Since SI.com’s Peter King is hanging out in South Africa with small lions (we’ve seen photographic evidence of young Simba pondering whether King’s head would be enough to eat for lunch), a diminutive Jaguar has taken the wheel of King’s signature Monday Morning Quarterback column.
And running back Maurice Jones-Drew explains something that we have long believed: NFL success combines the excellent talent that gets men a shot at the pro level with a desire to become great.
“While others are sleeping or partying, the great ones are running hills,
lifting weights and studying film,” Jones-Drew writes. “They do this not because a coach has
instructed them to do so. They do it because they simply desire to be
the very best.”
Jones-Drew explains that the “formula has always been and always will be the same: Talent + ‘Want-To’ = Greatness.”
Another excellent observation comes from Jones-Drew’s explanation that “the pursuit of greatness forces the athlete to put his ego aside and face the limitations of his athletic ability.” Jones-Drew thinks that the struggle to improve only a little bit prompts some to “accept mediocrity, especially when average pay at the NFL level is pretty darn good.”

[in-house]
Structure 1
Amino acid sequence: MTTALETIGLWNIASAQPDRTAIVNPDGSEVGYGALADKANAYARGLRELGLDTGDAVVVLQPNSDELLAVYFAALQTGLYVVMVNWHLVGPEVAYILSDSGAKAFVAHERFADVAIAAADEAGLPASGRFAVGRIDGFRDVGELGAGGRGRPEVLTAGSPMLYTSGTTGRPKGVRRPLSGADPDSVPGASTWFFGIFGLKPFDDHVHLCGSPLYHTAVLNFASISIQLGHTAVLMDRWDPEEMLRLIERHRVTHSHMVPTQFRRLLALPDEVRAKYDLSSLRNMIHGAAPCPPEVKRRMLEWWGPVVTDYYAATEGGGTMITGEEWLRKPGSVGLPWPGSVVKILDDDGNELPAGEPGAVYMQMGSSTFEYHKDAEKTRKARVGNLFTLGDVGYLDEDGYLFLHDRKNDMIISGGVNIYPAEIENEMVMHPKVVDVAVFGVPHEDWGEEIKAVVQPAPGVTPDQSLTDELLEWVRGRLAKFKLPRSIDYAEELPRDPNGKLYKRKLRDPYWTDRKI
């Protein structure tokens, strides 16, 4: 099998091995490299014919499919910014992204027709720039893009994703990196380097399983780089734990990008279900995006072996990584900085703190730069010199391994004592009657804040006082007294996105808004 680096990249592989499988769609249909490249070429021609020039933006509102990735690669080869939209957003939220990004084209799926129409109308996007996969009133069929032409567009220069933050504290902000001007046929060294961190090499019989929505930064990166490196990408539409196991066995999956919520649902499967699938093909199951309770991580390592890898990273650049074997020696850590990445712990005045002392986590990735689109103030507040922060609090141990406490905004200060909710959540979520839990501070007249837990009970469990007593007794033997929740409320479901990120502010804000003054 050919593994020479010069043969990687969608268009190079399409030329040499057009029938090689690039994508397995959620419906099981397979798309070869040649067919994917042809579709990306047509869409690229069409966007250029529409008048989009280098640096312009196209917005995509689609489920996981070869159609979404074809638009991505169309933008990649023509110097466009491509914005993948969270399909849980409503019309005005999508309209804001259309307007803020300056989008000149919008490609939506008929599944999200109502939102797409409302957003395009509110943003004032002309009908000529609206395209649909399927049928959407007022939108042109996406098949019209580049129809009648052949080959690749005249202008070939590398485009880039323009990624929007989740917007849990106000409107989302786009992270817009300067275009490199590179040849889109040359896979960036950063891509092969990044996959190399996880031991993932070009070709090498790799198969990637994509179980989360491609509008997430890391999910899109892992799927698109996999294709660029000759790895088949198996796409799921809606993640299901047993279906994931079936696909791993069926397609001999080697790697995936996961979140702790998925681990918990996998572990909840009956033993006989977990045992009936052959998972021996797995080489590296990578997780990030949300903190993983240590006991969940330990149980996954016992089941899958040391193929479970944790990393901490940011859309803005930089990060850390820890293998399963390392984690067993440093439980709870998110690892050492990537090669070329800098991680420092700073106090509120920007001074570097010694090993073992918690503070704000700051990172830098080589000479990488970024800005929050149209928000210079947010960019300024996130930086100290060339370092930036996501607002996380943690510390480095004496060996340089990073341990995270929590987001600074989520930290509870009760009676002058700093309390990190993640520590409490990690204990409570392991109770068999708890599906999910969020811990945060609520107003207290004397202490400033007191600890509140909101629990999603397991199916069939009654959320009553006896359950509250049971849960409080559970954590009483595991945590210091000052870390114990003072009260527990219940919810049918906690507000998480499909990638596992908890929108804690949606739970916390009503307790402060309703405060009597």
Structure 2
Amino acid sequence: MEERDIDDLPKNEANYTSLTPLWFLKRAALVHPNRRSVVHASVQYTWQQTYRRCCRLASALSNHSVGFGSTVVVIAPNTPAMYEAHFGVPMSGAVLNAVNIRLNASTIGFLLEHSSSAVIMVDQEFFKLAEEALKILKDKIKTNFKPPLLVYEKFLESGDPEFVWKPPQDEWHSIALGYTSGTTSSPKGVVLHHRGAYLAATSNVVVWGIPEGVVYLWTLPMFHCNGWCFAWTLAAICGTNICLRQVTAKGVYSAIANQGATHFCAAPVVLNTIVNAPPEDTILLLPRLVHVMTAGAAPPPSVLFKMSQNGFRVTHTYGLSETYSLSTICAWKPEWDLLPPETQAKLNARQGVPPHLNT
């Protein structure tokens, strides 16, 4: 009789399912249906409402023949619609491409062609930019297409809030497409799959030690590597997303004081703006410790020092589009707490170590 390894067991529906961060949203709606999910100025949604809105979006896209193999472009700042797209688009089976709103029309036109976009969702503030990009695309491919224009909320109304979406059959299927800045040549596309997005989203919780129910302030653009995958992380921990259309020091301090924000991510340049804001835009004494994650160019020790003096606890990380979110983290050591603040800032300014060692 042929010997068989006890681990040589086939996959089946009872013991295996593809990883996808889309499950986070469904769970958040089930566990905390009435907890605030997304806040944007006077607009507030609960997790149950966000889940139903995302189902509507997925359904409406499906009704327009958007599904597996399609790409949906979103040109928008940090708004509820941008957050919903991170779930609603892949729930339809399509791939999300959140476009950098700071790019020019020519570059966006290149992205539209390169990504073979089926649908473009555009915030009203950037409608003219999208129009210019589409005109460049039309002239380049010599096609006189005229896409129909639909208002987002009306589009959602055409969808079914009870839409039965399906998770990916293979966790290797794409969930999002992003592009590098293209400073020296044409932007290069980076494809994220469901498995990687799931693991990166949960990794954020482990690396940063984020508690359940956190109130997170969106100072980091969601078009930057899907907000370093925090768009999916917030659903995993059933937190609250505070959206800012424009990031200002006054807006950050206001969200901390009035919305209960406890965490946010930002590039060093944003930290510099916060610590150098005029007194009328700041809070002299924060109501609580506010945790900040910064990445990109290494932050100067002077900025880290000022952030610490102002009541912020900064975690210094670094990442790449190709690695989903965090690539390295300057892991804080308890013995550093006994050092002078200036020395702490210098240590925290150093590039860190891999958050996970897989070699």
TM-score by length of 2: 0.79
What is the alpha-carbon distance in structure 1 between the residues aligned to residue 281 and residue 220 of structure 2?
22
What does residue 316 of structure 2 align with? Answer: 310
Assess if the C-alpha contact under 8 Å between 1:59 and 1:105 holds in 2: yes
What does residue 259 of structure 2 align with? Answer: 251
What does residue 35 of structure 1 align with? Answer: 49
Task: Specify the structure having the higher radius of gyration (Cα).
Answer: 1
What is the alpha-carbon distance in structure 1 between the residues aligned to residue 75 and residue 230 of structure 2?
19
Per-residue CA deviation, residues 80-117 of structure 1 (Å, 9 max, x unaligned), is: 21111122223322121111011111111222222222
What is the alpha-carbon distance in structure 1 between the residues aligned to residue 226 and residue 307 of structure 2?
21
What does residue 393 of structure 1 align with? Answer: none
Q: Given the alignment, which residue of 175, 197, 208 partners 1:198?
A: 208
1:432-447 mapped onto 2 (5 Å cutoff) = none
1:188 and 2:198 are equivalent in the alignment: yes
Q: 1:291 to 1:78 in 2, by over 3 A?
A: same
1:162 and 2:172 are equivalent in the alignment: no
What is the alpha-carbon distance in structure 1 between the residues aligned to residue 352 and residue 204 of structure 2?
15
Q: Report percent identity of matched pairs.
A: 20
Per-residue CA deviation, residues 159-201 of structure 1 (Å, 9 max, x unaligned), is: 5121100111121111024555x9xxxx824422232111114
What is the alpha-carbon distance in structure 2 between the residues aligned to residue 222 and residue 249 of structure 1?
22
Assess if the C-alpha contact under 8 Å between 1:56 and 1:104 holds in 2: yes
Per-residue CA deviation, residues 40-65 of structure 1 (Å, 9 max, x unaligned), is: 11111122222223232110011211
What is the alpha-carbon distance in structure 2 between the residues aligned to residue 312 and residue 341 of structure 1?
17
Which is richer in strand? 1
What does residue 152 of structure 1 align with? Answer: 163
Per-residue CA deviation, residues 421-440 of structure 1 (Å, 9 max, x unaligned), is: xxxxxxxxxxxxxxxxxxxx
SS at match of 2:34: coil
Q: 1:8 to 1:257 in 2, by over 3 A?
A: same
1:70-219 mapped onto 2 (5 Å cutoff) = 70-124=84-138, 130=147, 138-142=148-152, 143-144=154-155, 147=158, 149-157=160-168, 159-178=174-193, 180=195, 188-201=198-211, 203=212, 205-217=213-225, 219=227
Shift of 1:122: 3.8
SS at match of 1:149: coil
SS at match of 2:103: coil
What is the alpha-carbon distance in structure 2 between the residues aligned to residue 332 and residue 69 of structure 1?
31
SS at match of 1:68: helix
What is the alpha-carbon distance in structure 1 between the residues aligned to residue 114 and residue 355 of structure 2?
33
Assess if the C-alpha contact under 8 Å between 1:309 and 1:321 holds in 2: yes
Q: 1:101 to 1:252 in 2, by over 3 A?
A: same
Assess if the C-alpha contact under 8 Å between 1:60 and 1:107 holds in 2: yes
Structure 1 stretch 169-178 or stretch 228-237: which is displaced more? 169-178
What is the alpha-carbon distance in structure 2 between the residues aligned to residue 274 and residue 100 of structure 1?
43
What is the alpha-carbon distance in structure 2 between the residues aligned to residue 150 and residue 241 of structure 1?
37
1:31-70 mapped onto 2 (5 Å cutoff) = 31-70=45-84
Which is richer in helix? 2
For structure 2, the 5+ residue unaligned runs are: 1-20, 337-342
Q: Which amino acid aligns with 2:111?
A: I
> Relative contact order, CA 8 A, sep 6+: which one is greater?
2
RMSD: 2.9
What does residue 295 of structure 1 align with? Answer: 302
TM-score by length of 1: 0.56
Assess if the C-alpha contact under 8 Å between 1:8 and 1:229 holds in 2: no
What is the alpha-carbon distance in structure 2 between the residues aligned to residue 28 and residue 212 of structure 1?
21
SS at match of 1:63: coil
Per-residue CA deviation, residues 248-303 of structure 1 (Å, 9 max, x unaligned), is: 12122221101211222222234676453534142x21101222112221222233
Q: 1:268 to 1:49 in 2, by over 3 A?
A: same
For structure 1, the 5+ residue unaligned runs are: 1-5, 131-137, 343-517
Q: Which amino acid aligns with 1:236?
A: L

While reading the column, we kept thinking of the obvious comparison between the former UCLA tailback and his cross-town rival. You know, the guy who had the fame, the hype, and the glory. And, as it turns out, the money.
USC’s Reggie Bush entered the league with not an expectation but a presumption that he’d be the next Gale Sayers. Though Bush hasn’t been horrible, he also hasn’t been special. In four seasons, Reggie has rushed for 1,940 yards, averaging 4.0 yards per attempt. Jones-Drew has more than doubled him up, with 3,924 yards and a 4.7-yard average.
Bush apologists can offer up a laundry list of excuses for that huge gap in performance. And, yes, Bush has a Super Bowl ring. But the fact remains that Jones-Drew has been a much better player, possibly because Bush has been willing to “accept mediocrity,” given the very high amount of money he has earned.
“For many,” Jones-Drew says, “just the thought of having to pay such a huge price is enough
to bail on greatness and simply get by.”
Though he calls no one out by name, his point becomes abundantly clear when considering the pro performances of the two men who entered the league simultaneously via the city that hasn’t had an NFL team since 1994.